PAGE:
Is there an issue seven coming out next month that was previously unadvertised? With the end of “Thor: For Asgard,” the actual problems set forth at the beginning of the series haven’t been resolved. Instead, they’re still there and the focus has shifted to something else entirely. By the end, Asgard still faces Ragnarök, Odin is still on quests, Balder is still dead, a threat still exists, and there are more people to keep alive with Valhalla now empty. At the same time, an effort is put forth to suggest that something has been accomplished, that the state of Asgard is better here than it was at the beginning of the series, that a victory has been won, and there’s validity in that argument.
If treated as a personal story about Thor and his ability to lead, “For Asgard” has a clear beginning and end: he’s a bad leader and he becomes a worthy leader. This is symbolized by his inability to pick up Mjolnir, his hammer, throughout the series and his ability to do so at the end of this issue. He has improved the morale of Asgard through his death and return to life along with everyone else inhabiting Valhalla. But, that’s a false victory and one that obscures what was the seeming point of “For Asgard” since the same problems facing the Aesir are still there, they simply don’t seem as worried about them at the end as they were at the beginning.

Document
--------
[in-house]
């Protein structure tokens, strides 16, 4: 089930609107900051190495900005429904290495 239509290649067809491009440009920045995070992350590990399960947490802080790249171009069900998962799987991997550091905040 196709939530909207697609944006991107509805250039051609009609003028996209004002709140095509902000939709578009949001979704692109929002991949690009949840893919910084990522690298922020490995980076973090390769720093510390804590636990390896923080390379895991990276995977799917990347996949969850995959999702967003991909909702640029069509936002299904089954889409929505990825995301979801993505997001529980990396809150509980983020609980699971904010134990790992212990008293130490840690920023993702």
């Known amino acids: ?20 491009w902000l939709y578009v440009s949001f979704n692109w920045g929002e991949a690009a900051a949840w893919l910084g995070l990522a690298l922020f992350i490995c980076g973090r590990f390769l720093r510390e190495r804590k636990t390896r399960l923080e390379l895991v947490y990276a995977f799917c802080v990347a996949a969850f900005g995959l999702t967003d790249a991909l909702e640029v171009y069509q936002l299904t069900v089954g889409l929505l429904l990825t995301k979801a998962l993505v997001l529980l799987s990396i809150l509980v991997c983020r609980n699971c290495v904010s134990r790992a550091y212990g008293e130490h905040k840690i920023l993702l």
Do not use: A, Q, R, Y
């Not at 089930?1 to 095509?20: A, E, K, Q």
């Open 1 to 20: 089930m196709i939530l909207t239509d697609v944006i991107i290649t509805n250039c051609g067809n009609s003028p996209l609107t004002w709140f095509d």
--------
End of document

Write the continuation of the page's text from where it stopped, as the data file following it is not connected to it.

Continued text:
Worse, the issue ends in a way that makes it explicit that nothing has been solved and that the threat facing Asgard is still there. An antagonist even appears in a panel, threatening further doom in the future. Part of what made the early issues of this series so compelling was the doomed feeling of the writing, that sense that everything was wrong, and the promise that this would be the story of that redemption. Except nothing was solved. It’s a game of misdirection and it’s wholly unsatisfying.
Bianchi’s art remains steadily consistent in quality here from previous issues. The washed out, muted beauty of the art hits its peak with the image of Thor leading the residents of Valhalla to Asgard by climbing the World-Ash. Bianchi gives that scene an epic feeling that almost sells the idea that it’s enough of a victory to conclude the story. A page where Thor’s body is unmade and remade clearly shows the difficulties facing these gods in a way that the narration accompanying the panels does not. The final pages of the issue -- Thor finally picking up Mjolnir -- are some of the most gorgeous, especially the last page. Finally, Bianchi is able to show Thor at his most iconic, hammer raised, lightning springing forth, and it makes me want to see more of Bianchi on the character.
The final issue of “Thor: For Asgard” is a disappointing conclusion, because it lacks one. An attempt is made to present a different sort of victory for Thor, but it’s one that doesn’t obscure that little has changed since the first issue. Maybe if a sequel series is released, this issue will seem less of a disappointment. Still, even that would hardly justify this lack of conclusion. It’s a final issue that undermines the entire series, retroactively taking away from what came before.